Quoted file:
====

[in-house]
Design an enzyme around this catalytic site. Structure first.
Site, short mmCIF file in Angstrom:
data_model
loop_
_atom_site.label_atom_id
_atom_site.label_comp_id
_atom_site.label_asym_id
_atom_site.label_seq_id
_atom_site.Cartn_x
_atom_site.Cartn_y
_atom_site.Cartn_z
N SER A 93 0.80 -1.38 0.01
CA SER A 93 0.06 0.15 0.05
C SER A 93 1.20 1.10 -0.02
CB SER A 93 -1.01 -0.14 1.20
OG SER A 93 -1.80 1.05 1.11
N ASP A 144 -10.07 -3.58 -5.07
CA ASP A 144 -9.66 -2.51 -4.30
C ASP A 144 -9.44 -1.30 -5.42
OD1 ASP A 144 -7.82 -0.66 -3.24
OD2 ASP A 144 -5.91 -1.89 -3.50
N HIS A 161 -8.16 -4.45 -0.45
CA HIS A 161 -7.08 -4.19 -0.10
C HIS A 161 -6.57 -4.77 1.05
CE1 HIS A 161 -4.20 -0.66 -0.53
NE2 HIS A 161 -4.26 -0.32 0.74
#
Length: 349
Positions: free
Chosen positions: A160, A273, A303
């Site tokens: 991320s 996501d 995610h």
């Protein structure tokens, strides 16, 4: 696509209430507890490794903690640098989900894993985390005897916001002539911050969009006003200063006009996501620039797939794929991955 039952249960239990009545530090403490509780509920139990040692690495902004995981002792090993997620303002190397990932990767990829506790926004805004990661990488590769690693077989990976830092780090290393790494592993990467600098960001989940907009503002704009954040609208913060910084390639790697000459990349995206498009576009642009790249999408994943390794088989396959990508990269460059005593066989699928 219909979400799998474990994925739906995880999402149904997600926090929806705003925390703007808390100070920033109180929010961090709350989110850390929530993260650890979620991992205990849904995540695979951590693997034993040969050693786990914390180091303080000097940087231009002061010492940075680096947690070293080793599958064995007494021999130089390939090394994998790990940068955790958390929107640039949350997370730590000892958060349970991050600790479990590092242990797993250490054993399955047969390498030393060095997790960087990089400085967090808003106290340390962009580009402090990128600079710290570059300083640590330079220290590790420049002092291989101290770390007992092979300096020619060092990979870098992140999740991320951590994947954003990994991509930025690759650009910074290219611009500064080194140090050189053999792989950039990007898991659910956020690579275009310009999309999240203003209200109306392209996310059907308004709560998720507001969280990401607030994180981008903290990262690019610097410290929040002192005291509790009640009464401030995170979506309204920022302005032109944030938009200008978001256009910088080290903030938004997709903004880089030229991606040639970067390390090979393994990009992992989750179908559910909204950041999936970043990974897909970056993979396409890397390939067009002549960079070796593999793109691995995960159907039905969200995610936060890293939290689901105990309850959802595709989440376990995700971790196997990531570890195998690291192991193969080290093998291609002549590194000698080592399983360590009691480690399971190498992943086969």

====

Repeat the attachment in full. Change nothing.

[in-house]
Design an enzyme around this catalytic site. Structure first.
Site, short mmCIF file in Angstrom:
data_model
loop_
_atom_site.label_atom_id
_atom_site.label_comp_id
_atom_site.label_asym_id
_atom_site.label_seq_id
_atom_site.Cartn_x
_atom_site.Cartn_y
_atom_site.Cartn_z
N SER A 93 0.80 -1.38 0.01
CA SER A 93 0.06 0.15 0.05
C SER A 93 1.20 1.10 -0.02
CB SER A 93 -1.01 -0.14 1.20
OG SER A 93 -1.80 1.05 1.11
N ASP A 144 -10.07 -3.58 -5.07
CA ASP A 144 -9.66 -2.51 -4.30
C ASP A 144 -9.44 -1.30 -5.42
OD1 ASP A 144 -7.82 -0.66 -3.24
OD2 ASP A 144 -5.91 -1.89 -3.50
N HIS A 161 -8.16 -4.45 -0.45
CA HIS A 161 -7.08 -4.19 -0.10
C HIS A 161 -6.57 -4.77 1.05
CE1 HIS A 161 -4.20 -0.66 -0.53
NE2 HIS A 161 -4.26 -0.32 0.74
#
Length: 349
Positions: free
Chosen positions: A160, A273, A303
């Site tokens: 991320s 996501d 995610h």
């Protein structure tokens, strides 16, 4: 696509209430507890490794903690640098989900894993985390005897916001002539911050969009006003200063006009996501620039797939794929991955 039952249960239990009545530090403490509780509920139990040692690495902004995981002792090993997620303002190397990932990767990829506790926004805004990661990488590769690693077989990976830092780090290393790494592993990467600098960001989940907009503002704009954040609208913060910084390639790697000459990349995206498009576009642009790249999408994943390794088989396959990508990269460059005593066989699928 219909979400799998474990994925739906995880999402149904997600926090929806705003925390703007808390100070920033109180929010961090709350989110850390929530993260650890979620991992205990849904995540695979951590693997034993040969050693786990914390180091303080000097940087231009002061010492940075680096947690070293080793599958064995007494021999130089390939090394994998790990940068955790958390929107640039949350997370730590000892958060349970991050600790479990590092242990797993250490054993399955047969390498030393060095997790960087990089400085967090808003106290340390962009580009402090990128600079710290570059300083640590330079220290590790420049002092291989101290770390007992092979300096020619060092990979870098992140999740991320951590994947954003990994991509930025690759650009910074290219611009500064080194140090050189053999792989950039990007898991659910956020690579275009310009999309999240203003209200109306392209996310059907308004709560998720507001969280990401607030994180981008903290990262690019610097410290929040002192005291509790009640009464401030995170979506309204920022302005032109944030938009200008978001256009910088080290903030938004997709903004880089030229991606040639970067390390090979393994990009992992989750179908559910909204950041999936970043990974897909970056993979396409890397390939067009002549960079070796593999793109691995995960159907039905969200995610936060890293939290689901105990309850959802595709989440376990995700971790196997990531570890195998690291192991193969080290093998291609002549590194000698080592399983360590009691480690399971190498992943086969």